SPAM! [don’t buy] /
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Eager to dig up dirt on Julia Gillard (an alumna of Unley High School) the SMH visited the Unley High website ((designed by moi)) and clicked on through to the Old Scholars page. HAHA! they yell, chuckling to themselves:

… it appears the website of the federal Education Minister’s former school, Unley High, has fallen victim to hackers. No doubt coincidentally, those curious to learn more about the Deputy PM’s school days in South Australia by clicking on the “old scholars” tab are confronted with an advertisement for “free black nude pictures”

– via A big night for Barnaby Joyce

Of course, the site has not been “hacked” in any way. In setting the site up, I thought it a fun experiment to give the Old Scholars a way to re-connect, and create mini sites of their own within the pages of the Unley site. The hope was that they might create groups for the chess club of ‘94, or the lazy boys of the class of ‘67, or whatever. Then they could write messages on each other’s pages, write reminiscences of the times they had, and generally use the site in any way they saw fit to reconnect and share with one another. I installed the excellent open-source software Elgg, and enabled a feature called “blogs” (short for “web logs”) so people could fill the pages of the site with all their memories. I had hoped it would be a long-lasting record that would share some of Unley’s rich history.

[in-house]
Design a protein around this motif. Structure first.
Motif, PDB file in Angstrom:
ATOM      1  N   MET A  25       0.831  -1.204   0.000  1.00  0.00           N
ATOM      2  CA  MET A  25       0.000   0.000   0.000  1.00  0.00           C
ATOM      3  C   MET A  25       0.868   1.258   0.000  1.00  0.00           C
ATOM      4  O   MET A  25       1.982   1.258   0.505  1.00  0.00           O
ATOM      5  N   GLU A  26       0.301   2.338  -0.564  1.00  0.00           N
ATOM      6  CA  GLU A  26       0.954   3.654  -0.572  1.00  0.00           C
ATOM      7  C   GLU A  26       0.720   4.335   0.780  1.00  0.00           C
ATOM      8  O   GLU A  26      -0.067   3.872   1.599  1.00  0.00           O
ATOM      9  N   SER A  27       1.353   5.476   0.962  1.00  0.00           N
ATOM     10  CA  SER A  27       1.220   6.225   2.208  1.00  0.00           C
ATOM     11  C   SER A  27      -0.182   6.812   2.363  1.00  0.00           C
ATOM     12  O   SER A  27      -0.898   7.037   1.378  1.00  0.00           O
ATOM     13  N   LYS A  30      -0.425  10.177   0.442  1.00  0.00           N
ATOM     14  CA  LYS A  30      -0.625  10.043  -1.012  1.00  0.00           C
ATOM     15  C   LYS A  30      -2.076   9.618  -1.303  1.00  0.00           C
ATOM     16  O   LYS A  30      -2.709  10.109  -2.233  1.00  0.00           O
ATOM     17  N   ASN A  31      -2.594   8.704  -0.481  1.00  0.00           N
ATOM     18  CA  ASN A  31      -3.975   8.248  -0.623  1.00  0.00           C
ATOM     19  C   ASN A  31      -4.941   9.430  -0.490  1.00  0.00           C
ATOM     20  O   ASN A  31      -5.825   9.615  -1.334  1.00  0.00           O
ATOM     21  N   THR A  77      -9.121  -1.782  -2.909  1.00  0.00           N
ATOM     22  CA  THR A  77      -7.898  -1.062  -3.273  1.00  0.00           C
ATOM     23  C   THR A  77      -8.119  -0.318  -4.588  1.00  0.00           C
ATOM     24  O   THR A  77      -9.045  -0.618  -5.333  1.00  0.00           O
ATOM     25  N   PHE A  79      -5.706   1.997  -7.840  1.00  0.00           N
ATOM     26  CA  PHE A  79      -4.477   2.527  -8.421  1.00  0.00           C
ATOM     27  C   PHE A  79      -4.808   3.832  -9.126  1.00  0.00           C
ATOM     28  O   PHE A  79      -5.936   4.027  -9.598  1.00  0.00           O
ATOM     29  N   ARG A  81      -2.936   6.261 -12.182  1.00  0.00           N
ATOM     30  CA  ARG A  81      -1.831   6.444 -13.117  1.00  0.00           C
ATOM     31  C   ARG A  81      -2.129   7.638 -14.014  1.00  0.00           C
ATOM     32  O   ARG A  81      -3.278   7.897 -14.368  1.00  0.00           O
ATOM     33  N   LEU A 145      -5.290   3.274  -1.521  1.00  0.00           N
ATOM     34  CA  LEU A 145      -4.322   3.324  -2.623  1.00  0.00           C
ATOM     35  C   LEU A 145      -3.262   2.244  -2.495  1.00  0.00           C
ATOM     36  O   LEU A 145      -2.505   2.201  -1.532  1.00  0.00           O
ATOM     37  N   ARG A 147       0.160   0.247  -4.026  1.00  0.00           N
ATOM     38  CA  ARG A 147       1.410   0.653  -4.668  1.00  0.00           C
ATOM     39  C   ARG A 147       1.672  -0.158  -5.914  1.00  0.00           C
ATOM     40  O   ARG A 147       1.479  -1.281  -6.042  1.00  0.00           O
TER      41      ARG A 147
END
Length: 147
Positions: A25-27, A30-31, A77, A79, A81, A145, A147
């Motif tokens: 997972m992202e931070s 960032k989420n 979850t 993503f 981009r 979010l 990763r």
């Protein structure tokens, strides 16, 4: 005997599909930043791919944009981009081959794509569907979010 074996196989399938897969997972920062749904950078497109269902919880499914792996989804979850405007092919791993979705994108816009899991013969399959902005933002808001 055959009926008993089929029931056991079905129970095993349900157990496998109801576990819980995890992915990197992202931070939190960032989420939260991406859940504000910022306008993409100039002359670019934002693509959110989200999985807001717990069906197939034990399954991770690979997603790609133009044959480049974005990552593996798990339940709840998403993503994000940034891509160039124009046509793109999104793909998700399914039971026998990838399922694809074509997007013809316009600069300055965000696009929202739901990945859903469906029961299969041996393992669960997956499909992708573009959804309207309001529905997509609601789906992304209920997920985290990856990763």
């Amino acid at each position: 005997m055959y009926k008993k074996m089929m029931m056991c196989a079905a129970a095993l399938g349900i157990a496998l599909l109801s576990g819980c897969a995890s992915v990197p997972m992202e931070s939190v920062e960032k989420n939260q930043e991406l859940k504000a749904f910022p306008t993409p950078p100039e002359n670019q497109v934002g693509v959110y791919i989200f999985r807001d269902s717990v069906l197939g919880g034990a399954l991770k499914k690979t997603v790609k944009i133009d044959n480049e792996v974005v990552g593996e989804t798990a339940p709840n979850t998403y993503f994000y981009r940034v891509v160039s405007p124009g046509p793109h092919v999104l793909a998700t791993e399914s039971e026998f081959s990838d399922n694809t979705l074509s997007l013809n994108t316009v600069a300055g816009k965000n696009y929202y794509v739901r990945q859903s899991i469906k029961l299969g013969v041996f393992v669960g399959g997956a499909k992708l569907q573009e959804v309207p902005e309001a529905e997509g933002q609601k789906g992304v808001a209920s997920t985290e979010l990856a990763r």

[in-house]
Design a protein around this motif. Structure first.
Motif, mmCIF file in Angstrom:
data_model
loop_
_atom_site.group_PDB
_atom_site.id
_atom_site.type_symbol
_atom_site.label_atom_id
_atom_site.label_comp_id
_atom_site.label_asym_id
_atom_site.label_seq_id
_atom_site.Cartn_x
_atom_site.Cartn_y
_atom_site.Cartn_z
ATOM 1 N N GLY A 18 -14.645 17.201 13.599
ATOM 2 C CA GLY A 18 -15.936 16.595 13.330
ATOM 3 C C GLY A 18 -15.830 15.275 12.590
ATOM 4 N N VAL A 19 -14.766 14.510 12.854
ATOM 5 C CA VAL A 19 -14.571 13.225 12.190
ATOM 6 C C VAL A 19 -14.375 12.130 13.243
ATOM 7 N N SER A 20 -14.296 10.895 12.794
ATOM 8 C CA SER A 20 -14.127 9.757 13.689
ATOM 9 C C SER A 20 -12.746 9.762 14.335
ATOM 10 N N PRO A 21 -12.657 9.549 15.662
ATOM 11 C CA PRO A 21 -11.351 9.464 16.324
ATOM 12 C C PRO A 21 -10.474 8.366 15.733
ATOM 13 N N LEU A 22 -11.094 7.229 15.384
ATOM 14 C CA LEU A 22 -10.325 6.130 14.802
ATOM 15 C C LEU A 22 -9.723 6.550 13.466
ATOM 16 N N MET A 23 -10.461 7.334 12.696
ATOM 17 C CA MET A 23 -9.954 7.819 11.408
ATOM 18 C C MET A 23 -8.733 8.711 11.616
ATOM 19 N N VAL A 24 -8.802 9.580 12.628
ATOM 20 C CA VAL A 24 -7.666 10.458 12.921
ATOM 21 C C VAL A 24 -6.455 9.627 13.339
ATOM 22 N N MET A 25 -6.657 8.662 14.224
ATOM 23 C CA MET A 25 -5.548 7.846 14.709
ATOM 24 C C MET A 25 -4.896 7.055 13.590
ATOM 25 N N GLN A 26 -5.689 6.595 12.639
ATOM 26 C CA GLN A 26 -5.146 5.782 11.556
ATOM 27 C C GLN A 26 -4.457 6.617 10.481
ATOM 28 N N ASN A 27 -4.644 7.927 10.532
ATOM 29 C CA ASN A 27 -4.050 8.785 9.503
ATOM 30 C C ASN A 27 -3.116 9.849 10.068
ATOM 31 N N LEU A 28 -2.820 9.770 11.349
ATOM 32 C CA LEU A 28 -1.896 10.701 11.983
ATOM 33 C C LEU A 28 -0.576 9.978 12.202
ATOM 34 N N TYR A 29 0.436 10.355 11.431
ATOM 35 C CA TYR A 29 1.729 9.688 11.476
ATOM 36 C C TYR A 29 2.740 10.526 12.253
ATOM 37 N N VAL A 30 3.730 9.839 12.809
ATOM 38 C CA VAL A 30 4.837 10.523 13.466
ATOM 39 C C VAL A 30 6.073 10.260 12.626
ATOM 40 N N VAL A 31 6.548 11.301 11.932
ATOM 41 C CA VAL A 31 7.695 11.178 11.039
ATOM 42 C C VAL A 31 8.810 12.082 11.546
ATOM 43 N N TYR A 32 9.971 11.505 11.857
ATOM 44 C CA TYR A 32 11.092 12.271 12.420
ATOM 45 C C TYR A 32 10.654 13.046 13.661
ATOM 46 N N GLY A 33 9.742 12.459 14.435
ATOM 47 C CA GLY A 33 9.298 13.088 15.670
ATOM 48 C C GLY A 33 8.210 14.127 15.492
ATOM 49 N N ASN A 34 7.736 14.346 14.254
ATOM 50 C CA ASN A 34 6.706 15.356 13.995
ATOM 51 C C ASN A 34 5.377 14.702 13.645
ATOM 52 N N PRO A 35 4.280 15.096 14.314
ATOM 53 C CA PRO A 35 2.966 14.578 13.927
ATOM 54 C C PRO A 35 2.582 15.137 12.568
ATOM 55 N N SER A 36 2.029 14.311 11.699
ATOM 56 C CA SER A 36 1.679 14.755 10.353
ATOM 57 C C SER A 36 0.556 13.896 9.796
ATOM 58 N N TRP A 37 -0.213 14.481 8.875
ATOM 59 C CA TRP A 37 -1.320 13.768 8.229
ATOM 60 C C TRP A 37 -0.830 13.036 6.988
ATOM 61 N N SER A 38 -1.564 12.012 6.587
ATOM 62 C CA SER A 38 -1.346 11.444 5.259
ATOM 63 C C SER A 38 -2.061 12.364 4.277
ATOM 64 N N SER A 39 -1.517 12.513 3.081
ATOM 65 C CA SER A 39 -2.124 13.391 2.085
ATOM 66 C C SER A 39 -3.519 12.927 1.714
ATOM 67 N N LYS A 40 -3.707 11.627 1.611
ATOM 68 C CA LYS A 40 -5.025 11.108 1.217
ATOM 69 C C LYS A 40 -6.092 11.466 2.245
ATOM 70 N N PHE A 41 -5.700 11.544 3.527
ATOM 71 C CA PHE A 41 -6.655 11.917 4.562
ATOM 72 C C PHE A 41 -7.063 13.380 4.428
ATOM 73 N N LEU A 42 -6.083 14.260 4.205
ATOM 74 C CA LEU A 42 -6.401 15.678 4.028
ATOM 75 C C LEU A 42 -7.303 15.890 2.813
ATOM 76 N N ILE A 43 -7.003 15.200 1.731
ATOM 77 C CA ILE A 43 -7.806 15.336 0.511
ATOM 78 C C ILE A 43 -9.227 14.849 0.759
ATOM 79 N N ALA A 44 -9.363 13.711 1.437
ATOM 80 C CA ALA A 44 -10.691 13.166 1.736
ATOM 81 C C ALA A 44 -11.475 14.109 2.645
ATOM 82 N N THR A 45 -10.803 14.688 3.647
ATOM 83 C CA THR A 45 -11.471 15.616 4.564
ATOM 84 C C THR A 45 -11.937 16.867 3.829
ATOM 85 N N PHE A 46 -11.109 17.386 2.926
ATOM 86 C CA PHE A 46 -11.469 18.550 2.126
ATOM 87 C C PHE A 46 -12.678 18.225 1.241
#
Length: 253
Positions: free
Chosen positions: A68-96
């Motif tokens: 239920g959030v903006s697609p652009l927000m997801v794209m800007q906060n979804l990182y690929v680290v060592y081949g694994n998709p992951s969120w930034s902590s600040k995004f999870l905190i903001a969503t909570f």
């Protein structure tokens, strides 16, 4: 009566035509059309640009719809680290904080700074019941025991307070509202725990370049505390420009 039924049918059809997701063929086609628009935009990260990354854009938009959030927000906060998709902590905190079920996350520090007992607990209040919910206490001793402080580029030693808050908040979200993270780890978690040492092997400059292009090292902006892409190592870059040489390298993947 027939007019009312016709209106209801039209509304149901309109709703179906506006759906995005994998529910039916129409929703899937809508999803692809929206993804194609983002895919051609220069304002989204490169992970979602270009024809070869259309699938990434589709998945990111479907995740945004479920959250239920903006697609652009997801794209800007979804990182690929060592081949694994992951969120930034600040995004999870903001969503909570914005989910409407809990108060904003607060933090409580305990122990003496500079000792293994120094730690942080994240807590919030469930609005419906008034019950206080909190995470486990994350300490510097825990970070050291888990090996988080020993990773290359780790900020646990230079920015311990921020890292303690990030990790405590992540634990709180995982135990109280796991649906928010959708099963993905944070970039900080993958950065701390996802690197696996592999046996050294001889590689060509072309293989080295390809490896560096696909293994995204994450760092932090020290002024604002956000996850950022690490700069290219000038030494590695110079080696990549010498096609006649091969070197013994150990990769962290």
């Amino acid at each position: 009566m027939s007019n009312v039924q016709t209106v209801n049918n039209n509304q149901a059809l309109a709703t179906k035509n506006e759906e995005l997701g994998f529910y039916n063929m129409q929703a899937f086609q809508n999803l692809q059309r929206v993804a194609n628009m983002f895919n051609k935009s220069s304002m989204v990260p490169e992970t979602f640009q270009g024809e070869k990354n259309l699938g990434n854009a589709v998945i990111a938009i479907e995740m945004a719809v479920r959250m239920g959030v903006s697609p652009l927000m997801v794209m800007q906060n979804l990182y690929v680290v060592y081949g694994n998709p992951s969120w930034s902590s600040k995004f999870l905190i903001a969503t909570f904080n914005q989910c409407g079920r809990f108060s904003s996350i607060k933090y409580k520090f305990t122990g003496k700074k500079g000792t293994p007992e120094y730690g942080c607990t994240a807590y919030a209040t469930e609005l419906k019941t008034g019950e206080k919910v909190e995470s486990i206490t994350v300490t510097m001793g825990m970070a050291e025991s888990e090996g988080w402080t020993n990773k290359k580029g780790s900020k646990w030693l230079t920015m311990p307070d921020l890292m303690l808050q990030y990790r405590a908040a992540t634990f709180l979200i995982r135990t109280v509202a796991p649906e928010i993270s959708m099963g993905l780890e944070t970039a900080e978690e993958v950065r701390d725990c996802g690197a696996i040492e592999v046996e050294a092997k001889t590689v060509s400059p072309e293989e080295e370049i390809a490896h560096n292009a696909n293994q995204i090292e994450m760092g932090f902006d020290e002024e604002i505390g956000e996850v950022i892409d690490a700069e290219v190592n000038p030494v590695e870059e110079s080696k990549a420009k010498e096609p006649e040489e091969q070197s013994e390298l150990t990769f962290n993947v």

‘Till the spammers got hold. Elgg is a well-known piece of software, so spammers have written scripts that scour the web for open installations of Elgg (such as ours is), automatically create user accounts, and start writing blog posts promoting their spammy sites. What they are doing is taking advantage of sites that are open to the public, and is so far from hacking it’s ludicrous. It’s no different from me creating a pretend Facebook account called Spammy McSpams and posting links to porn from there ((Oh my god I hacked Facebook! Now lets see how long that account lasts)).

The Old Scholars site has the ability for legit users to flag such stuff, and I’ve tried to make it as obvious as possible. My only problem was presuming people would make use of such features when given. To prevent such “hacking” in future, I’ve disabled the blog feature, as no one was using it except the spammers. I’ve also cleaned the site up, so horny journos will need to find some other source of black nudes ((And I have to say, no one from the Sydney Morning Herald tried to contact us to make us aware of the problem, so screw them.)).

Just wanted to clear that up.